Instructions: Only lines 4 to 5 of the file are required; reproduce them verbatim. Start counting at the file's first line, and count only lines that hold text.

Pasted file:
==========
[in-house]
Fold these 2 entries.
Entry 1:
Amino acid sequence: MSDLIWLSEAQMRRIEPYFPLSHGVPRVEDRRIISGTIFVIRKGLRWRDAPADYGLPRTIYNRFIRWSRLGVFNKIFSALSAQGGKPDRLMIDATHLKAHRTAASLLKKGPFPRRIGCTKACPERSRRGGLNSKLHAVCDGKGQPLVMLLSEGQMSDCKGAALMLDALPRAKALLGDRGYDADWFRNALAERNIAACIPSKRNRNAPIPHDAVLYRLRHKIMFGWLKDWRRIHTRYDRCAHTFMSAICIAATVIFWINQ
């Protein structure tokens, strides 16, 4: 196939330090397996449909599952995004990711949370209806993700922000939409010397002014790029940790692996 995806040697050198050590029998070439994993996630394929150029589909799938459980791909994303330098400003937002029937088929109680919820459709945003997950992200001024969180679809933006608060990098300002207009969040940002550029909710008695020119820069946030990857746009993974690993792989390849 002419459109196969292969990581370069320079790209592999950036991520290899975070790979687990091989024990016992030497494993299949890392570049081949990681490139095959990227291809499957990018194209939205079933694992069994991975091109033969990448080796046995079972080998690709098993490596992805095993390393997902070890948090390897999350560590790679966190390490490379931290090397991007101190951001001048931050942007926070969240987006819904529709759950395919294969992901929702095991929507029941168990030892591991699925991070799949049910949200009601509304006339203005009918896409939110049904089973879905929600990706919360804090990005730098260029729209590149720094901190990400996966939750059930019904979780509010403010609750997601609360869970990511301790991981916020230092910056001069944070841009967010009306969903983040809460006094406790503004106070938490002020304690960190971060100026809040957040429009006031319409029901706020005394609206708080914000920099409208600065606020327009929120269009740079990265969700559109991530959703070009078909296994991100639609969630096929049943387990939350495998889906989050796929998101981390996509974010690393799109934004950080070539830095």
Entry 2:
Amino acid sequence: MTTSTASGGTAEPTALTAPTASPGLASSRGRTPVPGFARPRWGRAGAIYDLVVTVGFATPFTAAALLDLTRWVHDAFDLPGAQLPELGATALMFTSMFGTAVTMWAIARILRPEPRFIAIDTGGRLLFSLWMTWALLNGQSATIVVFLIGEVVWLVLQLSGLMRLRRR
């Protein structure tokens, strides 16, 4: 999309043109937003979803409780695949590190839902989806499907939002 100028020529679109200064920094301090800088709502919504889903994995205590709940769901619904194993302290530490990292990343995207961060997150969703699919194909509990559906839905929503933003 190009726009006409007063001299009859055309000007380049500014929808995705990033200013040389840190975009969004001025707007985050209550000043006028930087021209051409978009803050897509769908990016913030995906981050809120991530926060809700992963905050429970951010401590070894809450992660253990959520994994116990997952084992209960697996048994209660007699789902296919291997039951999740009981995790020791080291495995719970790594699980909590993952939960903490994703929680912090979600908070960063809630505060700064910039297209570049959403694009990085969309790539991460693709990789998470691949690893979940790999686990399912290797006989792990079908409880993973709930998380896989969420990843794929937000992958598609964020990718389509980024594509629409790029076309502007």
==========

Amino acid sequence: MSDLIWLSEAQMRRIEPYFPLSHGVPRVEDRRIISGTIFVIRKGLRWRDAPADYGLPRTIYNRFIRWSRLGVFNKIFSALSAQGGKPDRLMIDATHLKAHRTAASLLKKGPFPRRIGCTKACPERSRRGGLNSKLHAVCDGKGQPLVMLLSEGQMSDCKGAALMLDALPRAKALLGDRGYDADWFRNALAERNIAACIPSKRNRNAPIPHDAVLYRLRHKIMFGWLKDWRRIHTRYDRCAHTFMSAICIAATVIFWINQ
């Protein structure tokens, strides 16, 4: 196939330090397996449909599952995004990711949370209806993700922000939409010397002014790029940790692996 995806040697050198050590029998070439994993996630394929150029589909799938459980791909994303330098400003937002029937088929109680919820459709945003997950992200001024969180679809933006608060990098300002207009969040940002550029909710008695020119820069946030990857746009993974690993792989390849 002419459109196969292969990581370069320079790209592999950036991520290899975070790979687990091989024990016992030497494993299949890392570049081949990681490139095959990227291809499957990018194209939205079933694992069994991975091109033969990448080796046995079972080998690709098993490596992805095993390393997902070890948090390897999350560590790679966190390490490379931290090397991007101190951001001048931050942007926070969240987006819904529709759950395919294969992901929702095991929507029941168990030892591991699925991070799949049910949200009601509304006339203005009918896409939110049904089973879905929600990706919360804090990005730098260029729209590149720094901190990400996966939750059930019904979780509010403010609750997601609360869970990511301790991981916020230092910056001069944070841009967010009306969903983040809460006094406790503004106070938490002020304690960190971060100026809040957040429009006031319409029901706020005394609206708080914000920099409208600065606020327009929120269009740079990265969700559109991530959703070009078909296994991100639609969630096929049943387990939350495998889906989050796929998101981390996509974010690393799109934004950080070539830095």